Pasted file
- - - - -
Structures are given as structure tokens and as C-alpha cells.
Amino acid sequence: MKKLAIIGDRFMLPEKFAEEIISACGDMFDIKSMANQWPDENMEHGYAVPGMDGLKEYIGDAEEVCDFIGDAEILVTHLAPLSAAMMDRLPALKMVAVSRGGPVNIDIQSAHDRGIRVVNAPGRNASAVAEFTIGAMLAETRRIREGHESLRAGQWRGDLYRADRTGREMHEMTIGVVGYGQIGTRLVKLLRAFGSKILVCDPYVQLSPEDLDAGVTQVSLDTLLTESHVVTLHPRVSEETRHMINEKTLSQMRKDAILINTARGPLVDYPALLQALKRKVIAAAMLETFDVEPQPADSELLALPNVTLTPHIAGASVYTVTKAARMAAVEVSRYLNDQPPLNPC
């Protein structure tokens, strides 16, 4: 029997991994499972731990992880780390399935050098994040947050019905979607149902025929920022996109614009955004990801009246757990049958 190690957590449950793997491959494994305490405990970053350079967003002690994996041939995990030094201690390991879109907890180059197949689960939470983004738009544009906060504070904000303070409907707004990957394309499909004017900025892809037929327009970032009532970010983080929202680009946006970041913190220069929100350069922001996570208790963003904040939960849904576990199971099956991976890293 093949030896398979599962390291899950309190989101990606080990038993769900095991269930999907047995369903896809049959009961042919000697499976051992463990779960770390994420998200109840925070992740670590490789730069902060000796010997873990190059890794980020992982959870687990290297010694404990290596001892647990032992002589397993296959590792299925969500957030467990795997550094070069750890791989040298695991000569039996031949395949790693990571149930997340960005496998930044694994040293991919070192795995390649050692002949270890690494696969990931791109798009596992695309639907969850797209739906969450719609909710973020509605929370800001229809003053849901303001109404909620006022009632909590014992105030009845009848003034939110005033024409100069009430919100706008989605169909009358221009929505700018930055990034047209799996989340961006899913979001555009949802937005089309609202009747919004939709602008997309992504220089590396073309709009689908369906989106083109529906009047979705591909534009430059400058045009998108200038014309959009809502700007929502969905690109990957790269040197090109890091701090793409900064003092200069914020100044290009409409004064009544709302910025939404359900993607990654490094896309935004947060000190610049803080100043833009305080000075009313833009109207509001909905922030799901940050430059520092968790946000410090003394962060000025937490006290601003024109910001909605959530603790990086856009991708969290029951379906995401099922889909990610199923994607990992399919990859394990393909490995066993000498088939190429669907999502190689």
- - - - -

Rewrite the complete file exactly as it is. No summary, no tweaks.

Structures are given as structure tokens and as C-alpha cells.
Amino acid sequence: MKKLAIIGDRFMLPEKFAEEIISACGDMFDIKSMANQWPDENMEHGYAVPGMDGLKEYIGDAEEVCDFIGDAEILVTHLAPLSAAMMDRLPALKMVAVSRGGPVNIDIQSAHDRGIRVVNAPGRNASAVAEFTIGAMLAETRRIREGHESLRAGQWRGDLYRADRTGREMHEMTIGVVGYGQIGTRLVKLLRAFGSKILVCDPYVQLSPEDLDAGVTQVSLDTLLTESHVVTLHPRVSEETRHMINEKTLSQMRKDAILINTARGPLVDYPALLQALKRKVIAAAMLETFDVEPQPADSELLALPNVTLTPHIAGASVYTVTKAARMAAVEVSRYLNDQPPLNPC
């Protein structure tokens, strides 16, 4: 029997991994499972731990992880780390399935050098994040947050019905979607149902025929920022996109614009955004990801009246757990049958 190690957590449950793997491959494994305490405990970053350079967003002690994996041939995990030094201690390991879109907890180059197949689960939470983004738009544009906060504070904000303070409907707004990957394309499909004017900025892809037929327009970032009532970010983080929202680009946006970041913190220069929100350069922001996570208790963003904040939960849904576990199971099956991976890293 093949030896398979599962390291899950309190989101990606080990038993769900095991269930999907047995369903896809049959009961042919000697499976051992463990779960770390994420998200109840925070992740670590490789730069902060000796010997873990190059890794980020992982959870687990290297010694404990290596001892647990032992002589397993296959590792299925969500957030467990795997550094070069750890791989040298695991000569039996031949395949790693990571149930997340960005496998930044694994040293991919070192795995390649050692002949270890690494696969990931791109798009596992695309639907969850797209739906969450719609909710973020509605929370800001229809003053849901303001109404909620006022009632909590014992105030009845009848003034939110005033024409100069009430919100706008989605169909009358221009929505700018930055990034047209799996989340961006899913979001555009949802937005089309609202009747919004939709602008997309992504220089590396073309709009689908369906989106083109529906009047979705591909534009430059400058045009998108200038014309959009809502700007929502969905690109990957790269040197090109890091701090793409900064003092200069914020100044290009409409004064009544709302910025939404359900993607990654490094896309935004947060000190610049803080100043833009305080000075009313833009109207509001909905922030799901940050430059520092968790946000410090003394962060000025937490006290601003024109910001909605959530603790990086856009991708969290029951379906995401099922889909990610199923994607990992399919990859394990393909490995066993000498088939190429669907999502190689």